Shambhala Sun | March 2014
Awash in the pain
of betrayal and a failed marriage, LAURA MUNSON practices Pema Chödrön’s
teachings on loving-kindness. It’s hard but it helps.
I did not get
married to get divorced. I did not have children to subject them to the
confusion of split parents. I did not hold them in my arms on their day of
birth and say, “I am going to raise you to be resilient.”
No. I went into
marriage as deliberately as I went into motherhood. As deliberately as I went
into creating the house that has held us for almost fifteen years—a farmhouse
in northwestern Montana surrounded by a haven of meadows, ponds, marshes, rocky
cliffs, and thick conifer forests.
Yet now I find
myself in something called mediation. Mediation is where a professional
conflict-sherpa guides two people through—in our case—the dissolution of a
marriage. Two people who have been together for their entire adult lives. Who
know each other like old shoes. Who together have made every important decision
for the past twenty-five years.
sitting across from one another with legal forms and a middleman at the head of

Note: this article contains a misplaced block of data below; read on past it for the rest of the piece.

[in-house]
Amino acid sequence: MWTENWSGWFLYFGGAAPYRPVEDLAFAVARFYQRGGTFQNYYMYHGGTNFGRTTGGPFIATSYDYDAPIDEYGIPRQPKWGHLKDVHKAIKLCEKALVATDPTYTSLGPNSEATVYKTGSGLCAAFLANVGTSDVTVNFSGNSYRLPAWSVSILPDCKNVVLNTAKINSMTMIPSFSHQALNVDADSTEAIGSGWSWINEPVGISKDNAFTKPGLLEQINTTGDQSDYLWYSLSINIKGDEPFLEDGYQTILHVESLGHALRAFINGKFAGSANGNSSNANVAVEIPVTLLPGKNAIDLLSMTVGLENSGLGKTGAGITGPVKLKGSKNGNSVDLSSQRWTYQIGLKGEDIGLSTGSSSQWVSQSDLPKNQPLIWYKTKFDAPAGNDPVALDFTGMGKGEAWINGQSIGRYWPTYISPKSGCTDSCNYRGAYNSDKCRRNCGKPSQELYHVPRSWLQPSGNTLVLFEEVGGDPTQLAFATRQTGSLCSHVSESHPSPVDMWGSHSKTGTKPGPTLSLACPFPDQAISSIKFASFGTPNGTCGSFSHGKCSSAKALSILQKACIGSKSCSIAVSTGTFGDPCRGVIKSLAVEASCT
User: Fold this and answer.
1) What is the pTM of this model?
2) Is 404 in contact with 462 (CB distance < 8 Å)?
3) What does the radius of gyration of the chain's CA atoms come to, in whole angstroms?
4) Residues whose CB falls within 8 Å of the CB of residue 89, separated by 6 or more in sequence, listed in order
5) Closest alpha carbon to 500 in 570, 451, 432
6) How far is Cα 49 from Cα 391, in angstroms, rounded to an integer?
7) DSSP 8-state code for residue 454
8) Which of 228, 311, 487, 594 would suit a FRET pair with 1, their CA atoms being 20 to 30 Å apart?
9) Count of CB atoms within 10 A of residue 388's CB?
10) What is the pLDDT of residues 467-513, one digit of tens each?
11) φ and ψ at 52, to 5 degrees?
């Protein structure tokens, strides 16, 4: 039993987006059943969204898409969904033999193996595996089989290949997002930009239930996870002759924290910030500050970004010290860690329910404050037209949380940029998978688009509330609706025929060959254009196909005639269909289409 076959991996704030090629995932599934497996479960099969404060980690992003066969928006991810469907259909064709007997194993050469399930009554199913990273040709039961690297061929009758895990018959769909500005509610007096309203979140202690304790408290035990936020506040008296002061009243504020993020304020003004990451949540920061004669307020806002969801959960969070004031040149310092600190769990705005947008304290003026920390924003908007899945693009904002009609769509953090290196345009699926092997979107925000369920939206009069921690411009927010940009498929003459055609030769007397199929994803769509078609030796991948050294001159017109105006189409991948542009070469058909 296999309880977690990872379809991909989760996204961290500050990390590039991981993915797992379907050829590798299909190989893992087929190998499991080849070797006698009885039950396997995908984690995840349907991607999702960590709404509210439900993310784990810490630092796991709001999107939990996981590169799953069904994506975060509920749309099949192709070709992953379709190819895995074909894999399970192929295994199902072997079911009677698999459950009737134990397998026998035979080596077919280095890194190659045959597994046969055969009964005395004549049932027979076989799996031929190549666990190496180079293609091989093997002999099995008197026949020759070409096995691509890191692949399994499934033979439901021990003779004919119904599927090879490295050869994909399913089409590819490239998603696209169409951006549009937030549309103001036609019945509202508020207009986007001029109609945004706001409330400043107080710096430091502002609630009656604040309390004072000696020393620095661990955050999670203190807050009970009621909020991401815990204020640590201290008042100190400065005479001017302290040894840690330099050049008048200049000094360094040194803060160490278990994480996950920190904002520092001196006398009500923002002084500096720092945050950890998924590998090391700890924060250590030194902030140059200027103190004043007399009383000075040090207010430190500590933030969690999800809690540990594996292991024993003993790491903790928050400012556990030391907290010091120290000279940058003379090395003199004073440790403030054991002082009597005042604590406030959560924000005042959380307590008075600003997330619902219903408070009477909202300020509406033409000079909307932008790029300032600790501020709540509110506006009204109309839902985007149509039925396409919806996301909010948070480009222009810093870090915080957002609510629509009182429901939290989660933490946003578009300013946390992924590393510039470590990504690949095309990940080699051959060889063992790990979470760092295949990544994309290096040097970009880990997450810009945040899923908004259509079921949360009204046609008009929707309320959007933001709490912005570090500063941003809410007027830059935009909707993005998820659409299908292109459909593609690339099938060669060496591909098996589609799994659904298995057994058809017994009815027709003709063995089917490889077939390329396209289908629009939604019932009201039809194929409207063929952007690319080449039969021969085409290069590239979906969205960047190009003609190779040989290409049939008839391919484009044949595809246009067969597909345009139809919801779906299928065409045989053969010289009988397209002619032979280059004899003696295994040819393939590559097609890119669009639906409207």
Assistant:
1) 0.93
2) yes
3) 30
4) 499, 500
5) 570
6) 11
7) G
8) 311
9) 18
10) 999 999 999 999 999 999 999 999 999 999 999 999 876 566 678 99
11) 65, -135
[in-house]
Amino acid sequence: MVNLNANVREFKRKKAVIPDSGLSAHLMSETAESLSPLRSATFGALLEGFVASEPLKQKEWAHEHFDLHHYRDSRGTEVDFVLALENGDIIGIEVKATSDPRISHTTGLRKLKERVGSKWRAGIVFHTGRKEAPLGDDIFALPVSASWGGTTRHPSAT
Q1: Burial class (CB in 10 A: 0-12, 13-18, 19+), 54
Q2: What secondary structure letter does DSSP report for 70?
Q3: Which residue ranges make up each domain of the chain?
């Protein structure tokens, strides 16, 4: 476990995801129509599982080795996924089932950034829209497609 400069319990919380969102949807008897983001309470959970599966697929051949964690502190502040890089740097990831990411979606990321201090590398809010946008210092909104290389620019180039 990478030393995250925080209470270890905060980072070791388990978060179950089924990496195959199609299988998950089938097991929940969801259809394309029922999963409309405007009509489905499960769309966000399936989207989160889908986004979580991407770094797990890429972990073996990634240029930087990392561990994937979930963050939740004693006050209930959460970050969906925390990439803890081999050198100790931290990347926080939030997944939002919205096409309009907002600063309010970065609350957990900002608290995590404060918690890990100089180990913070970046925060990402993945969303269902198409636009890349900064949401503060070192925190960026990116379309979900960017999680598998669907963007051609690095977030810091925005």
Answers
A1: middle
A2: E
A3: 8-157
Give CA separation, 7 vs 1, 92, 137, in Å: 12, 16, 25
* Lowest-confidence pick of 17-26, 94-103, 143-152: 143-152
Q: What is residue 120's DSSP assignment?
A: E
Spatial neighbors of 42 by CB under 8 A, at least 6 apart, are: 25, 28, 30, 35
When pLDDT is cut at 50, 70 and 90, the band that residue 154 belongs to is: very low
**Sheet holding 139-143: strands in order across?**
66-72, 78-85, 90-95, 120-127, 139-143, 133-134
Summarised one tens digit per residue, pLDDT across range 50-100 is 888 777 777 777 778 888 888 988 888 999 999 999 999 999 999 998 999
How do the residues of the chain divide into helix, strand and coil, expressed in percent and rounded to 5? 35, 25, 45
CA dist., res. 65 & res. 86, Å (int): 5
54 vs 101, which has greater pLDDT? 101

a long table and a box of Kleenex, and we’re talking about things like who gets
Christmas morning, who pays for our kids’ soccer cleats, and where our children
will lay their heads at night—what pillow in what room in what house. And what
about the possibility of them losing their childhood house altogether?
To comply with
federal law we’re also going through a list of extreme parenting sins, as if we
would ever be those sinners. We’re setting rules—legal rules—about safety,
third-party interactions, and drug and alcohol consumption, all with the threat
of sheriffs arriving at the front door in the middle of the night. These aren’t
conversations that we’ve had to have before. Our focus has been along the lines
of organic baby food and whether we should go to Belize or Costa Rica for
spring break and whether or not we concur with the teaching styles of the
Suzuki method and Montessori preschool.
wonder: Is there heart language in such a trajectory? Is there a way to bring
in loving-kindness, forgiveness, surrender, and gentleness when we’re
discussing such pointed, laden subjects?
Laura Munson is the author of This Is Not the Story You Think It Is: A Season of Unlikely Happiness.